Don't kill the startup goose by Angel Tax
Bhumesh Verma 10 Jan 2019

Don't kill the startup goose by Angel Tax

It seems the present Indian government, in its last lap now, is doing everything to wipe out the hopes and promises it had made in the run up to last general elections. It was voted to bring in economic reforms, make India more entrepreneur-friendly, create jobs, facilitate investment and so on. What

After dismally failing to bring back any black money into India or creating jobs, destroying financial institutions one after the other, the government is hell bent to kill whatever entrepreneurial ambitions that (mostly) young Indians are left with. To cover some of the lost ground, the government wants to spend on populist measures. Therefore, the government is desperately seeking funds from wherever – by raiding Reserve Bank of India or levying the so called ‘Angel Tax’.

One reason why the present government won the massive mandate in 2014 was that BJP had convinced India's young that he was going to help them fulfill their dreams of becoming entrepreneurs. His motto of 'minimum government, maximum governance' stood for those values of creating an atmosphere that would unleash private animal spirits.

But four years down the line, it's tougher for young people trying to start their own businesses. Hundreds of startups have been served notices under a section of the Income Tax Act, 1961 which has come to be known as the 'Angel Tax'. The tax, under section 56(2)(viib), was introduced by the UPA government in 2012 supposedly to curb the money laundering menace – implying that it was a device to pass on bribes and commissions in the garb of angel investments and escape taxes.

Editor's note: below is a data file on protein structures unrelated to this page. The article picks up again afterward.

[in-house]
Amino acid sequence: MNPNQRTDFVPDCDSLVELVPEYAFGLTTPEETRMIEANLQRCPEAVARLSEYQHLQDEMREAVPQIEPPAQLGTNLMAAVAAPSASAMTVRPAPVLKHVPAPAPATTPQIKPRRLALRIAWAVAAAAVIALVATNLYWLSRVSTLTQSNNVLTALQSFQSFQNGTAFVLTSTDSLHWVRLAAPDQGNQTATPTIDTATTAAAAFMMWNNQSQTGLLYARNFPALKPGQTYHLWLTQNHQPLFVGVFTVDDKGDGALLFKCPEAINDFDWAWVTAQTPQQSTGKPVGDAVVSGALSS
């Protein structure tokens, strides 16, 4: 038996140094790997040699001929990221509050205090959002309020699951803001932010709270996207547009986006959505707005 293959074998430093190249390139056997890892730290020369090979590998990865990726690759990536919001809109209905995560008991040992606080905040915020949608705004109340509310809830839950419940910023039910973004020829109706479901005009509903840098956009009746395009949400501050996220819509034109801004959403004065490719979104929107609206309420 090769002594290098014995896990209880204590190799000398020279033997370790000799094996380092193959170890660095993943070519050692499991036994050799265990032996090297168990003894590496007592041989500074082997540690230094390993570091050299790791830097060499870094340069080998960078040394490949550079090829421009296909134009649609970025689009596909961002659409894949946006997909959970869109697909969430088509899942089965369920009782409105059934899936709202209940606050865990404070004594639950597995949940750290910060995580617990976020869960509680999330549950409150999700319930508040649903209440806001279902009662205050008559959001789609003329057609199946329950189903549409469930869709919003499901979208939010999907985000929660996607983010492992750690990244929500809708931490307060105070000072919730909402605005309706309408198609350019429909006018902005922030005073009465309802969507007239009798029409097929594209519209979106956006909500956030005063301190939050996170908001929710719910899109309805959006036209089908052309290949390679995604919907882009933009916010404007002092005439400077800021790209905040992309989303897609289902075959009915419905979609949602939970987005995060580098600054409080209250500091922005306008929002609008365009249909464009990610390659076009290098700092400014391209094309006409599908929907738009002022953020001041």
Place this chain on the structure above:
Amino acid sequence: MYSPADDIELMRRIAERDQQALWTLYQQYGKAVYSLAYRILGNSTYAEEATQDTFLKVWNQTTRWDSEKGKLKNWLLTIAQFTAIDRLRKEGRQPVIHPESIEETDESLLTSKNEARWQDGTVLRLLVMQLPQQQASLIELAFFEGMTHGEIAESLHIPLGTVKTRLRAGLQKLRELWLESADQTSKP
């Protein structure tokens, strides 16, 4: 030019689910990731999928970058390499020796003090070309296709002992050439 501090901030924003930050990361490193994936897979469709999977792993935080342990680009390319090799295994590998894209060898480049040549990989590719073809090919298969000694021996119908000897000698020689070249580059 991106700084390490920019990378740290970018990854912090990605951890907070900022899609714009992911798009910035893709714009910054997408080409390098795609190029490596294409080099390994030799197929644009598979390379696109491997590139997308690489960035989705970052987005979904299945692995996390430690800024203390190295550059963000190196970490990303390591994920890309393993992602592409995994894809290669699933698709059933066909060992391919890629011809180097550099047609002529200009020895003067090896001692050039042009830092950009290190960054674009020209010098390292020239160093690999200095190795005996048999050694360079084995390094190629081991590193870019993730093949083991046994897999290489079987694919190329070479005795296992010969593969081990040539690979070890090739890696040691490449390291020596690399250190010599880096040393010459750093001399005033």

However, this section was rarely invoked for the fear of disturbing the startup ecosystem by harassing even genuine startups.

The subject section stipulates that if a company has issued shares to an angel investor at a price that's higher than its fair market value, the extra amount received by the company will be taxed at 30.9%.

The problem with this proposition is – the taxman are apt at and fixated with only tax collection, often unable to appreciate working of the startups ecosystem, valuation and dynamics of the game.

Depending on how a startup shapes progressively, subsequent angel investors enter at different valuations..

It is lucrative for tax officials to randomly or selectively the lowest valuation as 'fair market price' and tax the differential amount to their benefit. With limited resources, startups cannot spend time, energy and money in legal fights. Even to begin an appeals process, they have to deposit 20% of the demand, howsoever illogical, unreasonable or arbitrary the demand may be. This deposit itself has potential to stop the lifeline of a startup and pronouncing its premature death.

The government should start differentiating between economic offenders, money launderers and genuine angel investors.

The government has failed miserably on the job front and has lost assembly elections in the Hindi heartland for this reason among others. Squeezing more money from wherever possible is one such way to raise finances to dole out freebies. Targetting startups may be counterproductive. Pray the government does not kill the spirit of entrepreneurship among Indians for whatever it is worth, particularly so when actual employment numbers in India are shrinking.


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